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Being Mommy

May 11, 2015

As our daughter’s third birthday approaches I find myself reflecting on how much my life has transformed since we brought her home from the hospital and became a family together.

I’ve been composing this in my head for the last month and it’s taken me over a week of short, broken writing sessions to translate those  musings, revelations and frustrations into a more sharable format so I apologize in advance if anything comes across as borderline incoherent :) 

Being Mommy is discovering that my uterus, for all the pain and disgustingness it causes me is actually my favorite body part.

I never gave having a favorite body part much thought before our daughter was born. My body just existed and I maintained a general, all around feeling of loathing for it as many women do.

Then recently I asked myself the question because I’d never answered it before and I considered that before she was born the answer would have been my cleavage because let’s face it, cleavage is magical. But the longer I thought about it, the bigger picture gained clarity and I came to the conclusion that actually my uterus is pretty amazing.

Periods are gross and sore but they’re also sort of awesome when you think about them from a physiological perspective.  Without my healthy, functional uterus I wouldn’t have been able to house the cluster of cells that became a person. I also wouldn’t have been able to have the experience of holding her safe inside of me for 9 months, which was no picnic but it is an experience I am very grateful to have had.

Being Mommy is putting her needs before my own, always.

I am painfully aware of how cliché this statement appears, however it’s true and constantly putting someone else first in all things takes its toll. The word “needs” doesn’t just cover cleaning and feeding either, it covers financial, physical, mental, social and emotional. It’s a lot of really REALLY hard, exhausting work being a parent and though the rewards are vast, it’s not all happy facebook photos or adorable developmental triumphs and blunders.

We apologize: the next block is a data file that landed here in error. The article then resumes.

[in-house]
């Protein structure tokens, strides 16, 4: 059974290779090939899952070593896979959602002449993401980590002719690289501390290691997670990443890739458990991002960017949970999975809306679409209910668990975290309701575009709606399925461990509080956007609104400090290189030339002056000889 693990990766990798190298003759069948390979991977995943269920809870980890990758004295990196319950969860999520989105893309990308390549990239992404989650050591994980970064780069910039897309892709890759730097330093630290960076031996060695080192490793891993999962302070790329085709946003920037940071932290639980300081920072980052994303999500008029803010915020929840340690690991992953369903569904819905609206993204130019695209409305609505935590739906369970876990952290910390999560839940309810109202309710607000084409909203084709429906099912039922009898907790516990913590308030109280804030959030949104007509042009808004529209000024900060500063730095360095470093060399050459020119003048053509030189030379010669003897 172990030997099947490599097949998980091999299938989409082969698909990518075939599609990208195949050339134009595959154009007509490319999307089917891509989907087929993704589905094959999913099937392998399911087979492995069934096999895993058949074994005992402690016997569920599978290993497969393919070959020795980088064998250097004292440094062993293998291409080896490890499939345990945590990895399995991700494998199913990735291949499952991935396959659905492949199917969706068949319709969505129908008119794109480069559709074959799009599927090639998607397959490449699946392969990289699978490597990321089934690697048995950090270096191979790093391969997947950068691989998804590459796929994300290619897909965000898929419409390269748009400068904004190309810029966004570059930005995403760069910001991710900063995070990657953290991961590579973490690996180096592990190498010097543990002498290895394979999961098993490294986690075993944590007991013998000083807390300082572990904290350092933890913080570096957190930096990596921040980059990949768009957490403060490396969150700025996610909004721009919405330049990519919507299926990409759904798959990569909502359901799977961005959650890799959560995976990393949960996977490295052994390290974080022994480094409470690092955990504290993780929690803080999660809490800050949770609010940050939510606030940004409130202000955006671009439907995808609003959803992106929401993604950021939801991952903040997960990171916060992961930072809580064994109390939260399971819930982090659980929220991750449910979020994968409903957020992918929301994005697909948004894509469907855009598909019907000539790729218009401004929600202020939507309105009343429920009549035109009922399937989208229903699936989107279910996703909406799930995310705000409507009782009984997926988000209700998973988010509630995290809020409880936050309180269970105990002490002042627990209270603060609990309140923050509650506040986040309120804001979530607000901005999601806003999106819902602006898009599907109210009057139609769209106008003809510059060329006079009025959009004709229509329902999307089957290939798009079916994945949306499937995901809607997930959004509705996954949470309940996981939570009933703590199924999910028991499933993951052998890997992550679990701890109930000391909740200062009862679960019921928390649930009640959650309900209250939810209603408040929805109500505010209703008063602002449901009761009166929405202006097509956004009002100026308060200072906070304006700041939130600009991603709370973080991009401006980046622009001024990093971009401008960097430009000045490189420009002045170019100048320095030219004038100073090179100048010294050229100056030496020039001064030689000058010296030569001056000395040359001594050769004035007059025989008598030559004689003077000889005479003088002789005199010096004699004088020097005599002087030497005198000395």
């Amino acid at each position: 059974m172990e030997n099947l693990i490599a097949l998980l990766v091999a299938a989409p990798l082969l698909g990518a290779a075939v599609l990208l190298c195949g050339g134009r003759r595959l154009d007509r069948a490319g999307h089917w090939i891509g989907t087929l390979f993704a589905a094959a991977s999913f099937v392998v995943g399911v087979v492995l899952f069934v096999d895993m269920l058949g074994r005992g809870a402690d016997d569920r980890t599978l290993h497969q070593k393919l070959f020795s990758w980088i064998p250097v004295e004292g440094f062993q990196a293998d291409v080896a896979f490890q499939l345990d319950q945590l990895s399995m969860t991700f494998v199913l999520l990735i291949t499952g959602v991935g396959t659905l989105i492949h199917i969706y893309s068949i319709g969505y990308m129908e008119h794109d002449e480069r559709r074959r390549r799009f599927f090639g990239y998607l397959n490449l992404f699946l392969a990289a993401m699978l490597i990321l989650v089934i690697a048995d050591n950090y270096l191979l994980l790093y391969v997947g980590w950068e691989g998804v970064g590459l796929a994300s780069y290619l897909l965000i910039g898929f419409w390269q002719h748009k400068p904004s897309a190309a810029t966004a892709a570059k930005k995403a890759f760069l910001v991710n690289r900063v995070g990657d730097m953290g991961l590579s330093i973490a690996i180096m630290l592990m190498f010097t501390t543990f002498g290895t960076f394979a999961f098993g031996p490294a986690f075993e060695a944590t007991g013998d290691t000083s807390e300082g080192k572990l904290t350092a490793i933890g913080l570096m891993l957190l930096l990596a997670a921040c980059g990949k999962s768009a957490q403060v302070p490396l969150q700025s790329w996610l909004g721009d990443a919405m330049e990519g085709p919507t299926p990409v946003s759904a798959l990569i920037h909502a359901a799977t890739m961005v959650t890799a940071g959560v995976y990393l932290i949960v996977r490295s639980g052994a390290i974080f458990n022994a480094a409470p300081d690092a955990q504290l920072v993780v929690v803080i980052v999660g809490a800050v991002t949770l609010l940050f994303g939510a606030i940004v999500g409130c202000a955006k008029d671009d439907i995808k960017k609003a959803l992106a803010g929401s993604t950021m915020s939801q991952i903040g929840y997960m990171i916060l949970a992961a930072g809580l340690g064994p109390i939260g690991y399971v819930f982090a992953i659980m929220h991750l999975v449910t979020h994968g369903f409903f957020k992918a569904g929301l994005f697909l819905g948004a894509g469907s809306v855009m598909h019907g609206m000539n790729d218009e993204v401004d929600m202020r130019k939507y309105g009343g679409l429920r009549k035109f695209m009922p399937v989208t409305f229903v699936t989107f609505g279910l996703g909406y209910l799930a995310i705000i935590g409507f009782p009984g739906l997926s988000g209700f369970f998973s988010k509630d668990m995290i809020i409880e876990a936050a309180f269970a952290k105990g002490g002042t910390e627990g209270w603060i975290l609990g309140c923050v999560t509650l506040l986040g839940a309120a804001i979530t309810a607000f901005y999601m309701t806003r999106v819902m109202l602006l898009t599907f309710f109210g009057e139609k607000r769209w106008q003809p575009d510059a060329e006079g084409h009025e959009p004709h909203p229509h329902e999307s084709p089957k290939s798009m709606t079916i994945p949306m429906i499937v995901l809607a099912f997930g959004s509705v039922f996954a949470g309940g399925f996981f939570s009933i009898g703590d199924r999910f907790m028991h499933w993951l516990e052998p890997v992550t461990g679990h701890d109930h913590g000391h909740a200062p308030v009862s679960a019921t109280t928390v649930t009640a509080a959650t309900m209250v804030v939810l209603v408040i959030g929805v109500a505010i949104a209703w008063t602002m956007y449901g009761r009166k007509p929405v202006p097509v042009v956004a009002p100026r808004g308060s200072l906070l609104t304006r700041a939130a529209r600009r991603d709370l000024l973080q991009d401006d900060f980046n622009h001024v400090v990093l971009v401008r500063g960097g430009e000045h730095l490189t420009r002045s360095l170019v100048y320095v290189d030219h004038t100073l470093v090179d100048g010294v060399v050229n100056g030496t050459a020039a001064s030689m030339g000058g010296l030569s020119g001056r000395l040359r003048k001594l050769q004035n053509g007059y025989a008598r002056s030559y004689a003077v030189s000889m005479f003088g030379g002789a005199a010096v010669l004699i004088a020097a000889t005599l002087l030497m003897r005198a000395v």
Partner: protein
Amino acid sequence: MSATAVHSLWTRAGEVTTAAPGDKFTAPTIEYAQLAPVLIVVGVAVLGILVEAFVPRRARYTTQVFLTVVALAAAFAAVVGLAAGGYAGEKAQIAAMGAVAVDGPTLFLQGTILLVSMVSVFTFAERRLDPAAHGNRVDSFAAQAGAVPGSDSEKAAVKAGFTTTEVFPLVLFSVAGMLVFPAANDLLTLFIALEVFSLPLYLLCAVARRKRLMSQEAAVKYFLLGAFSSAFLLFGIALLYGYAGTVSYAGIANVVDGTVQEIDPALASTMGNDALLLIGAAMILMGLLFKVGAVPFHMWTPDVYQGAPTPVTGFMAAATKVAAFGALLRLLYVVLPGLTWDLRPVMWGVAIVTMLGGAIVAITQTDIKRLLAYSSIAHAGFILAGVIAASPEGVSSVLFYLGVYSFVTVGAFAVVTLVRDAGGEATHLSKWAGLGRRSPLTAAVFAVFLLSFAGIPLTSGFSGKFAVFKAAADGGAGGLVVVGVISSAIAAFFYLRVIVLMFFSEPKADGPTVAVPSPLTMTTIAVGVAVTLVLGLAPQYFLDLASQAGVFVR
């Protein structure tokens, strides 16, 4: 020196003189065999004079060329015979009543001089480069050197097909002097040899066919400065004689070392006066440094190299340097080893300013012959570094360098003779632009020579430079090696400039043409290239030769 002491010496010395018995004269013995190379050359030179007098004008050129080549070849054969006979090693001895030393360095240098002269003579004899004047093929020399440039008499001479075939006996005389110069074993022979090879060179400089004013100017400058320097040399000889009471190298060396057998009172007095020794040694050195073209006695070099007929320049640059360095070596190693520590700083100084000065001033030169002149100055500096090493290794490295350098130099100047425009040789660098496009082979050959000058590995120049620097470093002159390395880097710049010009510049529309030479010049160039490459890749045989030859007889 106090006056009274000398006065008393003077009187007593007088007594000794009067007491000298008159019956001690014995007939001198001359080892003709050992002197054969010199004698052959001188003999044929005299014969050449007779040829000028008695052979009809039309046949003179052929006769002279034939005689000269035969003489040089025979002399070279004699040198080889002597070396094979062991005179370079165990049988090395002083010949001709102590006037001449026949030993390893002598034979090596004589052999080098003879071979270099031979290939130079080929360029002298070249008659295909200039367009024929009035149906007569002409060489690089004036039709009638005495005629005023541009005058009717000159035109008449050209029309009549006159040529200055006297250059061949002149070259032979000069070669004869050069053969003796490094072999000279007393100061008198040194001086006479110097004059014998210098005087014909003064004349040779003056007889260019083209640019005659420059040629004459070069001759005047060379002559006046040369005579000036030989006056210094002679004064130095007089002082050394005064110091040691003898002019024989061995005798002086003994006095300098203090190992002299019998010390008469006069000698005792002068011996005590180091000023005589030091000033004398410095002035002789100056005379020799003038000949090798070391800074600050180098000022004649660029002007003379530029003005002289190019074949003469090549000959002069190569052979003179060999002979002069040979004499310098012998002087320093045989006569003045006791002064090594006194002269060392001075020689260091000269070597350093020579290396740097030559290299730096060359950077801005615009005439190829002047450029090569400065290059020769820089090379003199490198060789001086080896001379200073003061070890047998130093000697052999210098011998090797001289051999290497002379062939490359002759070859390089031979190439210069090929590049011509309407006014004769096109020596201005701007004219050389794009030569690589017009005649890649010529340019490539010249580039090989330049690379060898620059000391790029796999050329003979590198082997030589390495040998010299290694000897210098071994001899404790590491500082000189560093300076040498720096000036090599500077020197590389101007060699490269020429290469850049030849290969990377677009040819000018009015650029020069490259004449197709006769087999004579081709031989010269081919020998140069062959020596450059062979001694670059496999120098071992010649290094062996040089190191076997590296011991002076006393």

There is a lot of holding my bladder to the point of bursting and cuddling while we’re both covered in vomit, or urine (not mine). There is also plenty of social isolation, frustration and new unexpected challenges to be faced every single day.

I wouldn’t trade it for the world but I also think it’s important to acknowledge that being Mommy is hard work for a number of reasons and it’s a full time job where breaks aren’t guaranteed.

Being  Mommy is falling in love with my husband all over again.

Any previous ideas I ever had of what a wonderful father would be like have been massively surpassed and reconstructed by the man I married. Our baby girl had him wrapped around all of her little fingers and toes the moment they laid eyes on one another. He is involved in every aspect of her life, he is attentive, affectionate, and nurturing. They have an incredible bond. This is something I never had with my father and it is amazing to see. I am incredibly grateful that this beautiful relationship between them exists and that it’s something I am part of.  I can’t help myself loving him more every day for being Daddy.

Being Mommy is trying to make up for all of my own parent’s shortcomings.  

I had a pretty rough time growing up with a mostly absent father and a mentally ill mother.

As an adult I can’t help myself dwelling on the bad choices they made to make me feel unwanted or unsafe but I try to  use their shortcomings as a basis for my own parenting. There isn’t anything that I can do about the past except learn from it, and I know in my heart that there will be things our daughter remembers from her childhood that maybe she would have liked handled differently but I do my best to make sure the happy memories and positive experiences are the dominant ones that she takes with her on her own journey through life.